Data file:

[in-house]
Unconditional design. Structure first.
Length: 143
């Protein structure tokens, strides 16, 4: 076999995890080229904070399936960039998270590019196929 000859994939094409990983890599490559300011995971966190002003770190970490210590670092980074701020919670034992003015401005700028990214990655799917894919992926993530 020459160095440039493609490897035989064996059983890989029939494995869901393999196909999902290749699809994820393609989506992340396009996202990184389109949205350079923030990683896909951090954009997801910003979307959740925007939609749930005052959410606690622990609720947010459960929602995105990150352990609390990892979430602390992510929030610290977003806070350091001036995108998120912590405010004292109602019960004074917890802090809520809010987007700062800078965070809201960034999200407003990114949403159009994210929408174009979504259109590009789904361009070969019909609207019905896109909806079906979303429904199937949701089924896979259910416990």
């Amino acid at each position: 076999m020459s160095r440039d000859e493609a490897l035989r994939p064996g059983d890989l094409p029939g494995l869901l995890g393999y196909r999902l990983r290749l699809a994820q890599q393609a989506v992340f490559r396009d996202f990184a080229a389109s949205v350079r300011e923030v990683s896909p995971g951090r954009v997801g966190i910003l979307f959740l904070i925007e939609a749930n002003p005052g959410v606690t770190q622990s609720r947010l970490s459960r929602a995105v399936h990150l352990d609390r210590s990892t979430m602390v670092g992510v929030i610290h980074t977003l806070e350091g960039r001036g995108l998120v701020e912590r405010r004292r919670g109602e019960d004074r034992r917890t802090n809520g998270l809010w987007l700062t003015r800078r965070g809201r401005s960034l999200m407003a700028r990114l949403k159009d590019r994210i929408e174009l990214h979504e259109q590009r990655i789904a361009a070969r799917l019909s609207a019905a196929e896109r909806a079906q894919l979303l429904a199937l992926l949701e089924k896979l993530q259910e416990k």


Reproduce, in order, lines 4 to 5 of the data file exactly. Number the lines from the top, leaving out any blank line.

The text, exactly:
């Protein structure tokens, strides 16, 4: 076999995890080229904070399936960039998270590019196929 000859994939094409990983890599490559300011995971966190002003770190970490210590670092980074701020919670034992003015401005700028990214990655799917894919992926993530 020459160095440039493609490897035989064996059983890989029939494995869901393999196909999902290749699809994820393609989506992340396009996202990184389109949205350079923030990683896909951090954009997801910003979307959740925007939609749930005052959410606690622990609720947010459960929602995105990150352990609390990892979430602390992510929030610290977003806070350091001036995108998120912590405010004292109602019960004074917890802090809520809010987007700062800078965070809201960034999200407003990114949403159009994210929408174009979504259109590009789904361009070969019909609207019905896109909806079906979303429904199937949701089924896979259910416990």
């Amino acid at each position: 076999m020459s160095r440039d000859e493609a490897l035989r994939p064996g059983d890989l094409p029939g494995l869901l995890g393999y196909r999902l990983r290749l699809a994820q890599q393609a989506v992340f490559r396009d996202f990184a080229a389109s949205v350079r300011e923030v990683s896909p995971g951090r954009v997801g966190i910003l979307f959740l904070i925007e939609a749930n002003p005052g959410v606690t770190q622990s609720r947010l970490s459960r929602a995105v399936h990150l352990d609390r210590s990892t979430m602390v670092g992510v929030i610290h980074t977003l806070e350091g960039r001036g995108l998120v701020e912590r405010r004292r919670g109602e019960d004074r034992r917890t802090n809520g998270l809010w987007l700062t003015r800078r965070g809201r401005s960034l999200m407003a700028r990114l949403k159009d590019r994210i929408e174009l990214h979504e259109q590009r990655i789904a361009a070969r799917l019909s609207a019905a196929e896109r909806a079906q894919l979303l429904a199937l992926l949701e089924k896979l993530q259910e416990k």